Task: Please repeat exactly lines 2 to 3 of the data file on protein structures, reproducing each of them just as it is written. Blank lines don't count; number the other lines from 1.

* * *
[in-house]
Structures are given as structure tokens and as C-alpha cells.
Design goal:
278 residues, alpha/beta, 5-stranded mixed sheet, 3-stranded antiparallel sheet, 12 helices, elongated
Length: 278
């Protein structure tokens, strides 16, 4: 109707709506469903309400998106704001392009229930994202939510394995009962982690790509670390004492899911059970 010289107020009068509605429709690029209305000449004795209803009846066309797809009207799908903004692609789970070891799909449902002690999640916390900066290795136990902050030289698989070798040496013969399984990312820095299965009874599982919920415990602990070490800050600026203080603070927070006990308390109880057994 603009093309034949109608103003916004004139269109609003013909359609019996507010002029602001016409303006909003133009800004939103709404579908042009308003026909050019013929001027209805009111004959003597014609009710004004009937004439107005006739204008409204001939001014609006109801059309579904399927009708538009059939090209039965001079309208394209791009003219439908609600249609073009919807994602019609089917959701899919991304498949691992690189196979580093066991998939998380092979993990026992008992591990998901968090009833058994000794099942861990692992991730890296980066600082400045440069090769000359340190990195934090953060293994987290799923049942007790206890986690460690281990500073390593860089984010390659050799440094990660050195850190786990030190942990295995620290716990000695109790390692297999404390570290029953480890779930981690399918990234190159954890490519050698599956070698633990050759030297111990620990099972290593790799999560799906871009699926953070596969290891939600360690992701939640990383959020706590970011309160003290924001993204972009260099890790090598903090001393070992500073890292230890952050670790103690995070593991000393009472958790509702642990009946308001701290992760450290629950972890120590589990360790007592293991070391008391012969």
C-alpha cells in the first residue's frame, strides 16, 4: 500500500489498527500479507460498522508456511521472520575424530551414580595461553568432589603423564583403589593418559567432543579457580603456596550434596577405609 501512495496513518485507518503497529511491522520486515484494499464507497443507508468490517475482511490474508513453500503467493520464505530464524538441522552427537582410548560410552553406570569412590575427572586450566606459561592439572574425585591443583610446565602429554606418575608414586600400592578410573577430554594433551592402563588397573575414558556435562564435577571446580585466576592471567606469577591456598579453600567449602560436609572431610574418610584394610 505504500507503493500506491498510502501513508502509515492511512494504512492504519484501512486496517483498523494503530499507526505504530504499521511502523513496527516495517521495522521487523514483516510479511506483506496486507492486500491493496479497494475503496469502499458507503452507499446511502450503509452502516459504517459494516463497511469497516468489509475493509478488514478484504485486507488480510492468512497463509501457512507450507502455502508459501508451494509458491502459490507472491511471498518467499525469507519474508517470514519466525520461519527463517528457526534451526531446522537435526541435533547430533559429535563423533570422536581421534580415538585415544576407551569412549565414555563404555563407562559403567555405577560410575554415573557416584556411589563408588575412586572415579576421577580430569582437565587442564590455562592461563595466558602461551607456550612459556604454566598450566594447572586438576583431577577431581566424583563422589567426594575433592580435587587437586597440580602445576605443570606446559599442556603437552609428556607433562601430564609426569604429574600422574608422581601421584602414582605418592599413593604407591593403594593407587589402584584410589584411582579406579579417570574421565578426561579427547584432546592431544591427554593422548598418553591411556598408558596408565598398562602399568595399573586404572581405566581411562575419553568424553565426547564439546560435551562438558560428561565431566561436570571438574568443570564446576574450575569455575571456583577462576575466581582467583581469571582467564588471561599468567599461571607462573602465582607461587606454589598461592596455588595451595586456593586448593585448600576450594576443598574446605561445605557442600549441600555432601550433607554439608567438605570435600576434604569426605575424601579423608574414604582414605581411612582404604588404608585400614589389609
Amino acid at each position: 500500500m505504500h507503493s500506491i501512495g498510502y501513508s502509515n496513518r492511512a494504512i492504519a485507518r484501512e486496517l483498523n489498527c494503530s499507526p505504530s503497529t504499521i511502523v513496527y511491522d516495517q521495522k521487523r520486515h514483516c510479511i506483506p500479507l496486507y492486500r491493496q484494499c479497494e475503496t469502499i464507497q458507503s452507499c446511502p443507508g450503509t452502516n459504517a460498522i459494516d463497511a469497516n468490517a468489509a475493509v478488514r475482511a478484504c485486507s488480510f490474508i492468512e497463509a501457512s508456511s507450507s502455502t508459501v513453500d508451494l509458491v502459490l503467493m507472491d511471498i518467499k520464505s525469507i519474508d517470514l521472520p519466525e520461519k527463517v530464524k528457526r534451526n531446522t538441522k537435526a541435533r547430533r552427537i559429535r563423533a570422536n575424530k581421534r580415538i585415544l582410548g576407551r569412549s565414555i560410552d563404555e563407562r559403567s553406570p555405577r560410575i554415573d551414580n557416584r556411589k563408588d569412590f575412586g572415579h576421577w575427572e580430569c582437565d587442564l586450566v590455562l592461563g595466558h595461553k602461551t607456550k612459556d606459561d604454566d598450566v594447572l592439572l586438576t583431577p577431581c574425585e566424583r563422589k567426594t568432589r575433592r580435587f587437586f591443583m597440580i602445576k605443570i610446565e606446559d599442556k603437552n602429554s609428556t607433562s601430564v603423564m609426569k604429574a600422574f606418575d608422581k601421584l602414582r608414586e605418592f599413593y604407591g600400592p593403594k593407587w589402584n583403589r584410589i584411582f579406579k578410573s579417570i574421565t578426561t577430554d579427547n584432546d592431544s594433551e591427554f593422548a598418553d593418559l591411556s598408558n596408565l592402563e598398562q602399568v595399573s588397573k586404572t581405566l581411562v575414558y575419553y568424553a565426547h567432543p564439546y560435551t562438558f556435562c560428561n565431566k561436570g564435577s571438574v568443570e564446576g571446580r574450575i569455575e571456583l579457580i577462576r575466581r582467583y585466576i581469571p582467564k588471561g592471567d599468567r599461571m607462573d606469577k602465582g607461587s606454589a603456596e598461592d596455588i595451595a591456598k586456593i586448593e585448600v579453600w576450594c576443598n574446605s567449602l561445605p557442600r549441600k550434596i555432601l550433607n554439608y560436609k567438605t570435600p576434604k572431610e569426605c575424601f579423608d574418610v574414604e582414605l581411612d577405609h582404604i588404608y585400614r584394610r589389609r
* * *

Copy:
Structures are given as structure tokens and as C-alpha cells.
Design goal: